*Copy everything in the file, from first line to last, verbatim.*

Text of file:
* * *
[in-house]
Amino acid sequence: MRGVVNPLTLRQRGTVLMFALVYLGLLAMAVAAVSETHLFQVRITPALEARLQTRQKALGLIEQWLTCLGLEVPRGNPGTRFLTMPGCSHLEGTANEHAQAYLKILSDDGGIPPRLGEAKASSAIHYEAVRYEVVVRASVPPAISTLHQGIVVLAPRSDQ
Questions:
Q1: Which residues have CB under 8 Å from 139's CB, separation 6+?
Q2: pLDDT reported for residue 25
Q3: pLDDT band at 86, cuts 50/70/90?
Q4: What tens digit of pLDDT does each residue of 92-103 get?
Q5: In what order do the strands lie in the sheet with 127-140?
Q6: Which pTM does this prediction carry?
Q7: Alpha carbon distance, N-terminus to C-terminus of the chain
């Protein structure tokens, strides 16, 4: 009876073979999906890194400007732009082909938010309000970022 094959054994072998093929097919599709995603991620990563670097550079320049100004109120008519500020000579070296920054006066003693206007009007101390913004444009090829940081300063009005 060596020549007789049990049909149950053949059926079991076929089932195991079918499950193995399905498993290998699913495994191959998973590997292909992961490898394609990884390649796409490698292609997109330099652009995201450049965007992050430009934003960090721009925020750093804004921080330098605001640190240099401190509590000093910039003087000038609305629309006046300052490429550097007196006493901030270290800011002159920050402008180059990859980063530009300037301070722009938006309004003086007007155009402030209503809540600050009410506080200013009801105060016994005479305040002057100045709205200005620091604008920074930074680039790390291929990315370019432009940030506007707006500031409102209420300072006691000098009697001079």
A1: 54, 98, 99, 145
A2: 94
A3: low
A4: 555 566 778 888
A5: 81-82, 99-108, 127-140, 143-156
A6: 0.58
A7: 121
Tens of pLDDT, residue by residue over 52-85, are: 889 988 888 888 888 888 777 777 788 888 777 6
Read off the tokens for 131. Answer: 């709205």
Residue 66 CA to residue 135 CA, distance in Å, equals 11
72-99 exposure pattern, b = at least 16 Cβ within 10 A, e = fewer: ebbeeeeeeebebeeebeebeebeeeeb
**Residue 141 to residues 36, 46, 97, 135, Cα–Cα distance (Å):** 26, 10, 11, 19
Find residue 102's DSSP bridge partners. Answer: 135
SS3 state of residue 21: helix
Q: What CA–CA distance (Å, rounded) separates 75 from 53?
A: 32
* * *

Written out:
[in-house]
Amino acid sequence: MRGVVNPLTLRQRGTVLMFALVYLGLLAMAVAAVSETHLFQVRITPALEARLQTRQKALGLIEQWLTCLGLEVPRGNPGTRFLTMPGCSHLEGTANEHAQAYLKILSDDGGIPPRLGEAKASSAIHYEAVRYEVVVRASVPPAISTLHQGIVVLAPRSDQ
Questions:
Q1: Which residues have CB under 8 Å from 139's CB, separation 6+?
Q2: pLDDT reported for residue 25
Q3: pLDDT band at 86, cuts 50/70/90?
Q4: What tens digit of pLDDT does each residue of 92-103 get?
Q5: In what order do the strands lie in the sheet with 127-140?
Q6: Which pTM does this prediction carry?
Q7: Alpha carbon distance, N-terminus to C-terminus of the chain
């Protein structure tokens, strides 16, 4: 009876073979999906890194400007732009082909938010309000970022 094959054994072998093929097919599709995603991620990563670097550079320049100004109120008519500020000579070296920054006066003693206007009007101390913004444009090829940081300063009005 060596020549007789049990049909149950053949059926079991076929089932195991079918499950193995399905498993290998699913495994191959998973590997292909992961490898394609990884390649796409490698292609997109330099652009995201450049965007992050430009934003960090721009925020750093804004921080330098605001640190240099401190509590000093910039003087000038609305629309006046300052490429550097007196006493901030270290800011002159920050402008180059990859980063530009300037301070722009938006309004003086007007155009402030209503809540600050009410506080200013009801105060016994005479305040002057100045709205200005620091604008920074930074680039790390291929990315370019432009940030506007707006500031409102209420300072006691000098009697001079």
A1: 54, 98, 99, 145
A2: 94
A3: low
A4: 555 566 778 888
A5: 81-82, 99-108, 127-140, 143-156
A6: 0.58
A7: 121
Tens of pLDDT, residue by residue over 52-85, are: 889 988 888 888 888 888 777 777 788 888 777 6
Read off the tokens for 131. Answer: 């709205």
Residue 66 CA to residue 135 CA, distance in Å, equals 11
72-99 exposure pattern, b = at least 16 Cβ within 10 A, e = fewer: ebbeeeeeeebebeeebeebeebeeeeb
**Residue 141 to residues 36, 46, 97, 135, Cα–Cα distance (Å):** 26, 10, 11, 19
Find residue 102's DSSP bridge partners. Answer: 135
SS3 state of residue 21: helix
Q: What CA–CA distance (Å, rounded) separates 75 from 53?
A: 32